• Overcoming dormancy in New Mexico mountain mahogany seed collections

      Rosner, Lee S.; Harrington, John T.; Dreesen, David R.; Murray, Leigh (Society for Range Management, 2003-03-01)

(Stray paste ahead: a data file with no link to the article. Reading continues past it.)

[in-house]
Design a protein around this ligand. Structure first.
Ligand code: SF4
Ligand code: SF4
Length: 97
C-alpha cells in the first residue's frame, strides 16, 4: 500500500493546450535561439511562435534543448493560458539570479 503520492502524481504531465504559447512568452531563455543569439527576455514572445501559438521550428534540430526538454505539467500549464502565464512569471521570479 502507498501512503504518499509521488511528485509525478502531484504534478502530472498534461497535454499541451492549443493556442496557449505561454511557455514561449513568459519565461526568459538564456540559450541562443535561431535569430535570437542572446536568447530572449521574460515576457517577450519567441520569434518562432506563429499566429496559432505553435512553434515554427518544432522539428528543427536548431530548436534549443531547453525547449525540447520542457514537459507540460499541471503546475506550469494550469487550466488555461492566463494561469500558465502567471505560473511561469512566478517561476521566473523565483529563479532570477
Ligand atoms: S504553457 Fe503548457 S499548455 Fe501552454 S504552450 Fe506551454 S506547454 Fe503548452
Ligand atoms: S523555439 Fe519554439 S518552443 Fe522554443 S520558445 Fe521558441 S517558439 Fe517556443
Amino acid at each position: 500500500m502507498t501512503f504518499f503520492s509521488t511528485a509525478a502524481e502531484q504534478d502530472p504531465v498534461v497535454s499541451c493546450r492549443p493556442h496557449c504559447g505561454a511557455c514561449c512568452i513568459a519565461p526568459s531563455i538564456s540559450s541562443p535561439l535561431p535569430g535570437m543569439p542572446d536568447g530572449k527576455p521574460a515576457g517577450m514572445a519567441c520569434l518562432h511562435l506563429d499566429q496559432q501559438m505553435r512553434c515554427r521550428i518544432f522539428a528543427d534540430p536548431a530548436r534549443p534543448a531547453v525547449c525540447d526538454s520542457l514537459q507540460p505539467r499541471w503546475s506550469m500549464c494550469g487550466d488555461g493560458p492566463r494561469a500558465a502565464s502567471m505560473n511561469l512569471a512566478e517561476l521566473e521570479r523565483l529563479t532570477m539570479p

Mountain mahogany (Cercocarpus montanus Raf) is a useful reclamation species because it can occupy and improve poor soils. Literature regarding seed propagation of this species is varied and often contradictory, recommending stratification durations of 14 to 90 days, and sulfuric acid scarification durations of none to 60 minutes. To assess variability in propagation requirements among seed sources, 8 New Mexico seed sources were tested with factorial combinations of scarification and stratification treatments. Sources were selected to encompass both a range of latitudes throughout New Mexico and a range of elevations at Questa, N. M. Seeds were scarified 5 or 10 minutes in concentrated sulfuric acid, tumbled 5 or 10 days in course grit, or unscarified (control). Seeds underwent subsequent stratification for 0 (control), 30, or 60 days. Averaged across scarification treatments, the 2 southernmost sources lacked a stratification requirement, while northern seed sources achieved their highest germination following the longest stratification duration (60 days). Improvement in germination due to stratification was greatest for the 2 highest elevation Questa sources. Scarification treatments were less effective in improving germination than stratification treatments, and produced more variable results. A 5-minute soak in sulfuric acid was the most effective scarification treatment, but for 2 sources, this treatment reduced germination. Variability in the stratification requirement appears to be an adaptation to macroclimatic differences among seed sources, whereas differential response to scarification may be a response to microclimatic differences.